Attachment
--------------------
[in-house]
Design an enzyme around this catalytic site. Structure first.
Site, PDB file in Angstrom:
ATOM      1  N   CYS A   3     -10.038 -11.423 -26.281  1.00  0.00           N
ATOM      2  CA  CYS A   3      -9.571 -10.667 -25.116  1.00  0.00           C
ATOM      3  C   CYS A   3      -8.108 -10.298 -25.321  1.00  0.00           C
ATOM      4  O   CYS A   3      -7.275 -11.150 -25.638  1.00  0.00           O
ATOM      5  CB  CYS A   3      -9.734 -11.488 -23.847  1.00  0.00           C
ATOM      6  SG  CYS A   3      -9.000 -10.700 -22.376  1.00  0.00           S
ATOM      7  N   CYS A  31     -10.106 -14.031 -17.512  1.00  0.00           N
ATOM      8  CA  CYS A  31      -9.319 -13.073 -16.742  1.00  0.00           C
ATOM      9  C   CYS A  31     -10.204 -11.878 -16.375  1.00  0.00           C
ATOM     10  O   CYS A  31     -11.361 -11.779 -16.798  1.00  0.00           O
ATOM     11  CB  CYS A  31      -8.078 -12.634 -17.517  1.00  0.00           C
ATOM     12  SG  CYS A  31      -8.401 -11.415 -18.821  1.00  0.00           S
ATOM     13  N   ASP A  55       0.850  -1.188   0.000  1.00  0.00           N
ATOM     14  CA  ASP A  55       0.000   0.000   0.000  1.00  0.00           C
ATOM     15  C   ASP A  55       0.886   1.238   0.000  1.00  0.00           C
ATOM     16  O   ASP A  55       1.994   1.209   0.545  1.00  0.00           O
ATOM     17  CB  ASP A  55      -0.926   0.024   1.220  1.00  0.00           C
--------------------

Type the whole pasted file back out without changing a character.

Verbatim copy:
[in-house]
Design an enzyme around this catalytic site. Structure first.
Site, PDB file in Angstrom:
ATOM      1  N   CYS A   3     -10.038 -11.423 -26.281  1.00  0.00           N
ATOM      2  CA  CYS A   3      -9.571 -10.667 -25.116  1.00  0.00           C
ATOM      3  C   CYS A   3      -8.108 -10.298 -25.321  1.00  0.00           C
ATOM      4  O   CYS A   3      -7.275 -11.150 -25.638  1.00  0.00           O
ATOM      5  CB  CYS A   3      -9.734 -11.488 -23.847  1.00  0.00           C
ATOM      6  SG  CYS A   3      -9.000 -10.700 -22.376  1.00  0.00           S
ATOM      7  N   CYS A  31     -10.106 -14.031 -17.512  1.00  0.00           N
ATOM      8  CA  CYS A  31      -9.319 -13.073 -16.742  1.00  0.00           C
ATOM      9  C   CYS A  31     -10.204 -11.878 -16.375  1.00  0.00           C
ATOM     10  O   CYS A  31     -11.361 -11.779 -16.798  1.00  0.00           O
ATOM     11  CB  CYS A  31      -8.078 -12.634 -17.517  1.00  0.00           C
ATOM     12  SG  CYS A  31      -8.401 -11.415 -18.821  1.00  0.00           S
ATOM     13  N   ASP A  55       0.850  -1.188   0.000  1.00  0.00           N
ATOM     14  CA  ASP A  55       0.000   0.000   0.000  1.00  0.00           C
ATOM     15  C   ASP A  55       0.886   1.238   0.000  1.00  0.00           C
ATOM     16  O   ASP A  55       1.994   1.209   0.545  1.00  0.00           O
ATOM     17  CB  ASP A  55      -0.926   0.024   1.220  1.00  0.00           C